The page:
By Anna Harvey
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Extra info for A Mere Machine: The Supreme Court, Congress, and American Democracy
Development economists studying judicial independence have suggested that independent judges may simply be relatively more protected from the pressures inducing legislators and executives to predate economic and political rights. Legislators and executives with uncertain tenures face incentives to give preferential treatment to their supporters, and to silence their opponents; these survival-directed incentives may induce them to expropriate private property and/or suppress dissent. 75 Importantly, this argument does not assume that judges sincerely prefer more robust rights protections than do legislators and executives.
The question of the independence of the federal courts would be settled. For any or all of these reasons, we could conclude that federal judges in the United States are free to decide cases independently of elected branch preferences. The point of this chapter is simply to suggest that we shouldn’t call it a day quite yet. While there is some suggestive evidence supporting each 35 36 SUPREME COURT, ELECTED BRANCHES, AND THE CONSTITUTION of these claims, this evidence is far from conclusive. While the Constitution’s text does provide federal judges with some protections from the elected branches, for example, it also appears to leave considerable room for elected branch majorities to punish divergence from and reward deference to elected branch preferences.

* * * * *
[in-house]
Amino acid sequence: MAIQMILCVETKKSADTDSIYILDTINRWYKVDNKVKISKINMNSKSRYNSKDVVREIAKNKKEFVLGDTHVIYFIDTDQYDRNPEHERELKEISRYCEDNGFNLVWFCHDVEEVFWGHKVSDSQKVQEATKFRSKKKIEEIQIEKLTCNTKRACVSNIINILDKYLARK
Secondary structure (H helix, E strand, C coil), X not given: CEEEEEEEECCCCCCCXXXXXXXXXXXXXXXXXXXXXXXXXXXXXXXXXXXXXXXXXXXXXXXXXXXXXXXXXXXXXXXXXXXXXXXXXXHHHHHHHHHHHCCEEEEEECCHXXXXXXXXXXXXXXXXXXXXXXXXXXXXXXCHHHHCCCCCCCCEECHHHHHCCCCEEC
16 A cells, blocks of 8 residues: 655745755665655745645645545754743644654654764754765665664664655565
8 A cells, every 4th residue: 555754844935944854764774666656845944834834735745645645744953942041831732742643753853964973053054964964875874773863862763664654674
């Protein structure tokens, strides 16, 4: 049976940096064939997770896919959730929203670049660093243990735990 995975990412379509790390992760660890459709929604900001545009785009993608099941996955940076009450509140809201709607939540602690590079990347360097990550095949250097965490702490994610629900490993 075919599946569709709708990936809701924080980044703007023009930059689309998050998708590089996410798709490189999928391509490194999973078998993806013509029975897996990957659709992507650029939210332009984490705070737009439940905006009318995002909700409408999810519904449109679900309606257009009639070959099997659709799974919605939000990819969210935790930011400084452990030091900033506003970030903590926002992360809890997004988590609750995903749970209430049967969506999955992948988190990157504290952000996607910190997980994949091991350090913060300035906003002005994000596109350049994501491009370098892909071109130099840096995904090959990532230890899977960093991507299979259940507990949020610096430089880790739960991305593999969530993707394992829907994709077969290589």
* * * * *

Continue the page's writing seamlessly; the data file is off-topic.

Moreover, the structure of the Constitution’s provisions regulating the federal courts may make it far easier for the elected branches to induce judicial deference than is commonly believed. There may be more periods of divergence between elected branch and judicial preferences than we have previously suspected. And the most frequently cited evidence in support of the claim that elected ofﬁcials do not seek judicial deference, namely that the elected branches rarely attempt to check the federal courts, is consistent with multiple interpretations.